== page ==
The Ministry of Education is working with partners to develop a package of options so that students can learn at home when Term 2 begins on 15 April, Education Minister Chris Hipkins said today. Supports are also being prepared for households with children under five, to help parents and whānau ...
    BeehiveBy beehive.govt.nz
    1 day ago
  • Making learning from home accessible to Māori learners and whānau
    Māori Television to begin educational te reo programmes Ki te Ao Mārama – a new online learning space Thousands of hard copy learning packs ready for distribution Helpdesk and advice service for kōhanga, kura and wharekura Television, the internet and hard copy learning packs are some of the ways whānau ...
    BeehiveBy beehive.govt.nz
    1 day ago
  • New Zealand to provide assistance to Vanuatu following Tropical Cyclone Harold
    Foreign Affairs Minister Winston Peters has announced an initial package of support to help the people and the Government of Vanuatu respond to the impact of Tropical Cyclone Harold. “Our Pacific neighbours have been hit by a Category 5 Cyclone at the same time as dealing with the economic impacts ...
    BeehiveBy beehive.govt.nz
    1 day ago
  • Planning for the future of tourism
    Tourism New Zealand to lead work reimagining the way tourism operates in post-COVID-19 world. Ministers to review International Visitor Conservation and Tourism Levy investment plan. The Government, industry and business are working together to develop a plan for how tourism will operate in a post-COVID-19 world, Tourism Minister Kelvin Davis ...
    BeehiveBy beehive.govt.nz
    1 day ago
  • NZ horticulture sector feeding Kiwis and the world during COVID-19
    More New Zealanders are taking up the chance to work in horticulture as the sector keeps New Zealanders fed and in jobs during the COVID-19 Alert Level 4 lockdown. “Our horticulture sector has long been one of New Zealand’s export star performers, contributing around $6 billion a year to our ...
    BeehiveBy beehive.govt.nz
    2 days ago
  • Work to repurpose PGF funds begins
    The Provincial Development Unit is working through applications and projects to see where Provincial Growth Fund money can be repurposed for initiatives deemed more critical to fighting the economic impacts of the COVID-19 pandemic, Regional Economic Development Minister Shane Jones says. “We need to be throwing everything we have at ...
    BeehiveBy beehive.govt.nz
    2 days ago
  • A million workers supported by Govt wage subsidy
    The Government’s wage subsidy to protect jobs and keep workers and businesses connected during the lockdown has now supported over a million New Zealanders, with $6.6 billion already paid out. “We’re supporting businesses to pay wages, and stay connected with their workers so that we are all in a better ...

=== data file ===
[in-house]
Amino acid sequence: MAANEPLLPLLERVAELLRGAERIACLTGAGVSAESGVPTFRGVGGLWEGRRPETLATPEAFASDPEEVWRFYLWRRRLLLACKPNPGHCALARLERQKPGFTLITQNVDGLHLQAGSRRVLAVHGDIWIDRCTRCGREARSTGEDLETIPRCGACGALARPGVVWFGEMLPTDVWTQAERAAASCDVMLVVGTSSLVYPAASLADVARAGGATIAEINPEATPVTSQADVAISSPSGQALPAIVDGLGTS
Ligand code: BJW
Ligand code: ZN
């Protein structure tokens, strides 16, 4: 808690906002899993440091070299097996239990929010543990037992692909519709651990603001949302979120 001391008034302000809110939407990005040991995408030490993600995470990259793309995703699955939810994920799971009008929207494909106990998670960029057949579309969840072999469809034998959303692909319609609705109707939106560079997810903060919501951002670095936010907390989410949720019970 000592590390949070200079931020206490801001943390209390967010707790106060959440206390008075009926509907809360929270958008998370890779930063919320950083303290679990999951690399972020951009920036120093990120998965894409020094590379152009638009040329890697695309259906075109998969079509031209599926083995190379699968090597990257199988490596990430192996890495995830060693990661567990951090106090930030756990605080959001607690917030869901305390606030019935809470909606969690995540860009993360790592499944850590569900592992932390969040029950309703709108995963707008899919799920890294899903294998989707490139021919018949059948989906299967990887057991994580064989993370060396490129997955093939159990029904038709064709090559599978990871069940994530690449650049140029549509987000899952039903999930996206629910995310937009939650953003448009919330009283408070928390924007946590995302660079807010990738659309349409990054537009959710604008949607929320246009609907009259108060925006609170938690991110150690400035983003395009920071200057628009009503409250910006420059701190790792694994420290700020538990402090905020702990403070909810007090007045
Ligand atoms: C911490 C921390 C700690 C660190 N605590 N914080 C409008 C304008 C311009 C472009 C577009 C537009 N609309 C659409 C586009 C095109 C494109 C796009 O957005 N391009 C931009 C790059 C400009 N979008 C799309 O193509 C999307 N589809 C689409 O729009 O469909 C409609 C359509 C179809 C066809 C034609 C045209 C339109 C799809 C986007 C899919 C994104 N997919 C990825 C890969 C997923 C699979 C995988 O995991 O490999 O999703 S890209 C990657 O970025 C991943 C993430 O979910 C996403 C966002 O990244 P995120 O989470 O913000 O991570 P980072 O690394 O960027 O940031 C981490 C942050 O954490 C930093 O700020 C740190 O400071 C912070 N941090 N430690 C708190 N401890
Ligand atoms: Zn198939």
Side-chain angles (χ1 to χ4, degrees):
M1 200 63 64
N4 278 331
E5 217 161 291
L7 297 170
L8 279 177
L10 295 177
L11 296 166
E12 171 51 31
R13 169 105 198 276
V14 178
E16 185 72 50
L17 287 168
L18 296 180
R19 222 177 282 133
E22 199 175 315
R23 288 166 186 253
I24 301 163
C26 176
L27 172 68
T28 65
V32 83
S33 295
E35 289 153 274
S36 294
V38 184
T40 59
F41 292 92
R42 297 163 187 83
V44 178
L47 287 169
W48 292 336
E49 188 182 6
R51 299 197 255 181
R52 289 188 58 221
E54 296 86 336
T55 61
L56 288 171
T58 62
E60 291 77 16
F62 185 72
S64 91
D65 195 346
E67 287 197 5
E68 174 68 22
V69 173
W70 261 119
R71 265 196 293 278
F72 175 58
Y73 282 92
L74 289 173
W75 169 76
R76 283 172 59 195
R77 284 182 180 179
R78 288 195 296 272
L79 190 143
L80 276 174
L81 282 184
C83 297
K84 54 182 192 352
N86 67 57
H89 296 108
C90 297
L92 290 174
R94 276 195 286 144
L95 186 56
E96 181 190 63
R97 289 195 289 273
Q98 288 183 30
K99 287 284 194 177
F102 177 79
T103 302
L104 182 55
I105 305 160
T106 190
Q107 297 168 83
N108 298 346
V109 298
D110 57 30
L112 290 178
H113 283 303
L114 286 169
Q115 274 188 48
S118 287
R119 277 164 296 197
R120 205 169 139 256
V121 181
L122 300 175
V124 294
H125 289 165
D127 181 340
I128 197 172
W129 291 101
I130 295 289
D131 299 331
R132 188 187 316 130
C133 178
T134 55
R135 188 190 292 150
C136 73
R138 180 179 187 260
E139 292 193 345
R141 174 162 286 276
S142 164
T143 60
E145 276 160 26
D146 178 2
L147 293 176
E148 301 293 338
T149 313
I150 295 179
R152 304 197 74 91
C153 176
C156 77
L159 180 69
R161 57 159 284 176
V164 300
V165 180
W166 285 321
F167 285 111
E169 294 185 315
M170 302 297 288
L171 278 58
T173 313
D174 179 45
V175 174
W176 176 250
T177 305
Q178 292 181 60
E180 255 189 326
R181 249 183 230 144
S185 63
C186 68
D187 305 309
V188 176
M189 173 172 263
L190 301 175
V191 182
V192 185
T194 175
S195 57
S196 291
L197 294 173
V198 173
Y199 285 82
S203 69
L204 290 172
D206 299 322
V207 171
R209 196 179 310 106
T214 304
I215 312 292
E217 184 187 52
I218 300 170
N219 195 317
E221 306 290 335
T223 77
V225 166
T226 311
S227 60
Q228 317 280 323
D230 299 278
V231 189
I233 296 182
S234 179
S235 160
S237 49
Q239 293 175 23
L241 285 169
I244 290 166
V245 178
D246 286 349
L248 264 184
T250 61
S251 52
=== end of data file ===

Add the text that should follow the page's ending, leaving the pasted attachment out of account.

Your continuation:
BeehiveBy beehive.govt.nz
    2 days ago
  • Government helps Pacific communities fight COVID
    The Government is stepping up efforts to help protect New Zealand’s Pacific communities in the fight against COVID-19. Cabinet has agreed that $17 million will be allocated to support a COVID-19 Pacific Response Package, which will: Support Pacific health and disability services facing increased demand; Ramp up public health messaging ...
    BeehiveBy beehive.govt.nz
    2 days ago
  • Statement from the Prime Minister on Dr David Clark
    “Yesterday evening the Health Minister advised me of his trip to a beach during the lockdown and offered his resignation,” Jacinda Ardern said.  “Under normal conditions I would sack the Minister of Health. What he did was wrong, and there are no excuses.  “But right now, my priority is our ...
    BeehiveBy beehive.govt.nz
    3 days ago
  • Statement from David Clark
    Last night as part of my preparation for the Epidemic Response Committee, I provided the Prime Minister with a complete picture of my activity outside my home during Alert Level 4.  That included the fact that on the first weekend of the Alert Level 4 lockdown I drove my family ...
    BeehiveBy beehive.govt.nz
    3 days ago
  • COVID-19 mental health support begins
    A range of support is being rolled out across New Zealand to help people look after their mental health during COVID-19 Health Minister David Clark said this morning. “COVID-19 has brought a lot of uncertainty into our lives and many of us will be feeling some level of distress or ...
    BeehiveBy beehive.govt.nz